most early phase II trials used the pCR rate as the primary endpoint to determine further developments. The short-term efficacy results of 23% to 37.5% of the pCR rate suggested promising signals of CRT plus ICIs in patients with MSS LARC. As systemic failure is a critical factor in the survival of patients with LARC, long-term follow up to evaluate the DFS and OS is important. So far, there were only 4 patients (10.8%, 4/37) with MSS LARC with recurrence (local recurrence in 2 patients and distal recurrence in 2) after a median follow-up of 22.5 months in the Japanese VOLTAGE study, suggesting promising long-term local and distant control by CRT plus ICIs.
      Although the toxicities resulting from the combination of ICIs are generally mild, immune-related adverse events have been reported, including grade 3 myasthenia, grade 3 interstitial nephritis, grade 2 peripheral motor neuropathy, grade 3 hyperthyroidism, and grade 3 diarrhea. The balance between efficacy and toxicity is important in the evaluation of the clinical developments of ICIs for MSS LARC.
      When ICIs are combined with CRT, either concurrent or sequential combinations can be expected. While there is no evidence to suggest whether concurrent or sequential combination of ICIs is a better strategy, the NRG-GI002 study reported that preoperative FOLFOX followed by CRT with concurrent pembrolizumab did not improve pCR rates compared with FOLFOX followed by CRT (31.9% vs. 29.4%, P= .75). An in-vivo analysis showed that administration of anti-PD-1 after local irradiation preferentially expanded polyfunctional CD8+ effector T-cells in both primary and distal tumors. Conversely, administration of anti-PD-1 before irradiation almost completely abrogated systemic immunity, which was associated with increased radiosensitivity and death of CD8+ T cells. The subsequent reduction of polyfunctional effector CD8+ T cells at the irradiated tumor site generated a suboptimal systemic antitumor response and the loss of abscopal responses.
      • Wei J.
      • Montalvo-Ortiz W.
      • Yu L.
      • et al.
      Sequence of αPD-1 relative to local tumor irradiation determines the induction of abscopal antitumor immune responses.
      Therefore, sequential combination of CRT followed by ICIs might be better than ICIs followed by CRT or concurrent combination.
      In patients with MSI-H LARC, CRT followed by nivolumab and surgery achieved a 60% (3/5) pCR rate in the VOLTAGE study, suggesting increased efficacy of ICIs in this subgroup, albeit with a small sample size. Although the number of patients with MSI-H LARC was small due to the low incidence of left-sided MSI-H CRC, including rectal cancer,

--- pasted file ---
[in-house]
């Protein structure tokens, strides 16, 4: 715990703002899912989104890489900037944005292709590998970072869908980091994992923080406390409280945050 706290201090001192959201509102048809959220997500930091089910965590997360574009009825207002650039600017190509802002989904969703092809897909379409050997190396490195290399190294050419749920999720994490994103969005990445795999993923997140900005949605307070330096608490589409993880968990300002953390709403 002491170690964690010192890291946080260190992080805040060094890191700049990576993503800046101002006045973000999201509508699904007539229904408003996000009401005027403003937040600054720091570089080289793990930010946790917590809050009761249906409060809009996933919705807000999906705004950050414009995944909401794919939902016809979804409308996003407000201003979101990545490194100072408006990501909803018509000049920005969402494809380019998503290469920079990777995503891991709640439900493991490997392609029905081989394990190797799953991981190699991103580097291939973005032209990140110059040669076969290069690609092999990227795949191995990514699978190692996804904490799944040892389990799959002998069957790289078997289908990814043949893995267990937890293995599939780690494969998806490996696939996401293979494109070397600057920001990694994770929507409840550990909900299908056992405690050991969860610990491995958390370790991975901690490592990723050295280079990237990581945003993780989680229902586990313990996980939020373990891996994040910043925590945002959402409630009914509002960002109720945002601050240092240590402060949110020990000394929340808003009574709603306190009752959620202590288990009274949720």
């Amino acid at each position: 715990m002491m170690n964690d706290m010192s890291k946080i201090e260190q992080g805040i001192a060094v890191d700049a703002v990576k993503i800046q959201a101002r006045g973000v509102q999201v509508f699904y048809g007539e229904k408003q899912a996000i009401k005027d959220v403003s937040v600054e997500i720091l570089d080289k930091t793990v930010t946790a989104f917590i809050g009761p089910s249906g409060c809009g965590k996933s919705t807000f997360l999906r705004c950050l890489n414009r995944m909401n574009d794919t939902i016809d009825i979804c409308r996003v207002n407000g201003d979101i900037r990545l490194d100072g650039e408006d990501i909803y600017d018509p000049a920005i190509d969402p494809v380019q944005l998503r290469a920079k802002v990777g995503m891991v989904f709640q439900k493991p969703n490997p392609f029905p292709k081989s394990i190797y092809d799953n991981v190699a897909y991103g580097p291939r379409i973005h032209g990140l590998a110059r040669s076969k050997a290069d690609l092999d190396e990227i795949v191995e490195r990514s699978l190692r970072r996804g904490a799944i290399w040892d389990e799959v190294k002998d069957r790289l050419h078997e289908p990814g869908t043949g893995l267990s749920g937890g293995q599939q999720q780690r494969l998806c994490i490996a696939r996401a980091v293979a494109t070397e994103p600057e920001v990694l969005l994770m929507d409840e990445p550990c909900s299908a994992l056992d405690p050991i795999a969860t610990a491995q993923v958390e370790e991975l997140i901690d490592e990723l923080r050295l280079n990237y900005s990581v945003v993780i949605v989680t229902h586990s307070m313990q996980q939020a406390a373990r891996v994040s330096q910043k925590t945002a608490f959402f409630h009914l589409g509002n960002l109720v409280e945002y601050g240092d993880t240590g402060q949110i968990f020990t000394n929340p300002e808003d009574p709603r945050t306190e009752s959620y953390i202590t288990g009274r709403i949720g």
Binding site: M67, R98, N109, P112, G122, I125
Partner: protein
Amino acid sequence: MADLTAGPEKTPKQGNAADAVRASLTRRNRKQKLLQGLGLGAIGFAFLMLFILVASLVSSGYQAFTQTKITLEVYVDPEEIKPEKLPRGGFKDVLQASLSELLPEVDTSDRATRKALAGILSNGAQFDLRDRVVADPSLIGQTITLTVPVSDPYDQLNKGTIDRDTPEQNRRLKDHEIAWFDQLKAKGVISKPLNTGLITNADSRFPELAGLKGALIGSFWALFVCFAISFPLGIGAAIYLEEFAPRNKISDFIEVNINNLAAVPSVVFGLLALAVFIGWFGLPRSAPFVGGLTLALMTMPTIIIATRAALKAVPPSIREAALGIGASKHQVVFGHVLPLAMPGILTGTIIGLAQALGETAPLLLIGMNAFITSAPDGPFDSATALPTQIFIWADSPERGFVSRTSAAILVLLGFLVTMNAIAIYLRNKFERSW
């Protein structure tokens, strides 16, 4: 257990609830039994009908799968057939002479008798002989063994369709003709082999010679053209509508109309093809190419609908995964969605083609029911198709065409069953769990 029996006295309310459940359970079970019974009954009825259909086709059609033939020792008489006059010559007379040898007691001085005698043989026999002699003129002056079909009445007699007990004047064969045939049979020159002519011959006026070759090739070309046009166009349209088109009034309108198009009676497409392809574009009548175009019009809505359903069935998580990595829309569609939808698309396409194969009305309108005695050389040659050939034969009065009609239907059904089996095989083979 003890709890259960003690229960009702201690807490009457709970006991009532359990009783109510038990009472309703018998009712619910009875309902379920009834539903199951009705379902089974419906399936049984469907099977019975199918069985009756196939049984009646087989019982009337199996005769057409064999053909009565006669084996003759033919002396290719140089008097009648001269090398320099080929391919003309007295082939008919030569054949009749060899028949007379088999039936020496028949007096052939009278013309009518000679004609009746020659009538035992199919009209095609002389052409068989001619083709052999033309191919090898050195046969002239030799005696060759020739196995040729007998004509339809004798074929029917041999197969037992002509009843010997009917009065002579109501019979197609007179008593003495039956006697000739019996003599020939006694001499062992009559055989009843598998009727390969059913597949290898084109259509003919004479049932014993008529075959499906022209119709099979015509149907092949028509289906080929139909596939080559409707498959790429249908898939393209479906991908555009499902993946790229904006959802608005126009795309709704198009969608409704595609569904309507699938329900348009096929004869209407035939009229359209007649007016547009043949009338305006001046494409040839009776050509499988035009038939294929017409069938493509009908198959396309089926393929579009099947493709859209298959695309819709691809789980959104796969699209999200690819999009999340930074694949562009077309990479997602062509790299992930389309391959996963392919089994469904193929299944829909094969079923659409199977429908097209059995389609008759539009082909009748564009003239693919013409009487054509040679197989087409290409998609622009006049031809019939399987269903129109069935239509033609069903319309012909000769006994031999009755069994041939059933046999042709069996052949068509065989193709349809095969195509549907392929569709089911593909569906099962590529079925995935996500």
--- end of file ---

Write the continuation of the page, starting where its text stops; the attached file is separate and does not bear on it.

• Meillan N.
      • Vernerey D.
      • Lefèvre J.H.
      • et al.
      Mismatch repair system deficiency is associated with response to neoadjuvant chemoradiation in locally advanced rectal cancer.
      ,
      • de Rosa N.
      • Rodriguez-Bigas M.A.
      • Chang G.J.
      • et al.
      DNA mismatch repair deficiency in rectal cancer: benchmarking its impact on prognosis, neoadjuvant response prediction, and clinical cancer genetics.
      the promising pCR rate suggested that CRT plus ICIs have the potential to become a favorable treatment option in this population. Several clinical trials investigating the efficacy of CRT plus ICIs in patients with MSI-H LARC are ongoing (NCT04751370, NCT04357587) (Table 2).
      According to the biomarker analysis in the VOLTAGE study, PD-L1 TPS-positive and elevated CD8/eTreg ratios were predictors of efficacy of CRT plus ICI combinations. Additionally, in patients with both positive PD-L1 expression and high CD8/eTreg ratios, the highest pCR rate (100%, 5/5) was observed. In the AVERECTAL study, IS was significantly higher in patients with pCR than in those with non-pCR populations. High estimates of efficacy were also observed in MSS LARC patients with CMS1 and higher TMB in the VOLTAGE study. As CMS1 is associated with gene expression of diffuse immune infiltrate
      • Guinney J.
      • Dienstmann R.
      • Wang X.
      • et al.
      The consensus molecular subtypes of colorectal cancer.
      and higher TMB is associated with a high frequency of neoantigens,
      • Yarchoan M.
      • Hopkins A.
      • Jaffee E.M.
      Tumor mutational burden and response rate to PD-1 inhibition.
      patients with MSS LARC with these markers might be expected to experience a higher efficacy similar to that observed in MSI-H LARC.